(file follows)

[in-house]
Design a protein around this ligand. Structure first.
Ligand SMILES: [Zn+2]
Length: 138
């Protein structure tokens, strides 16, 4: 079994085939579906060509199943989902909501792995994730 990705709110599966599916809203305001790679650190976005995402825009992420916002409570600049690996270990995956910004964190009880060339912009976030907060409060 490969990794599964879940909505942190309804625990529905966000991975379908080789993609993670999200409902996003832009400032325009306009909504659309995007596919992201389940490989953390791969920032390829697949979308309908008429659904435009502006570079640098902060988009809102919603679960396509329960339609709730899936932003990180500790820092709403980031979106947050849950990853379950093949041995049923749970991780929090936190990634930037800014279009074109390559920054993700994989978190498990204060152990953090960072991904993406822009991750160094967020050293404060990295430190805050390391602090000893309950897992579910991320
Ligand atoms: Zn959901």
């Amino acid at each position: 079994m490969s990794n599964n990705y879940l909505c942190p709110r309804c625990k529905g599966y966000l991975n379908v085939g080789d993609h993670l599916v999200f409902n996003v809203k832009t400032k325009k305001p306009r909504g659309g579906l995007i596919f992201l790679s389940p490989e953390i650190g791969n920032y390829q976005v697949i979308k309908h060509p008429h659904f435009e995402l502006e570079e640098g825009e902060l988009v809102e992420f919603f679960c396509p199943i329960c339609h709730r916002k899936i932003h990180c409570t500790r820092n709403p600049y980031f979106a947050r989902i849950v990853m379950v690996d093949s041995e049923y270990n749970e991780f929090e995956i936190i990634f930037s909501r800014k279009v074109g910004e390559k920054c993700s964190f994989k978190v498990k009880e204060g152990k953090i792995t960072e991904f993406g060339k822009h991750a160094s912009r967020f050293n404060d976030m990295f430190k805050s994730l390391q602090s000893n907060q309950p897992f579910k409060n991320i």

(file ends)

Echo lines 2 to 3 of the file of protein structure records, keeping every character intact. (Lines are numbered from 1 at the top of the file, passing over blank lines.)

Design a protein around this ligand. Structure first.
Ligand SMILES: [Zn+2]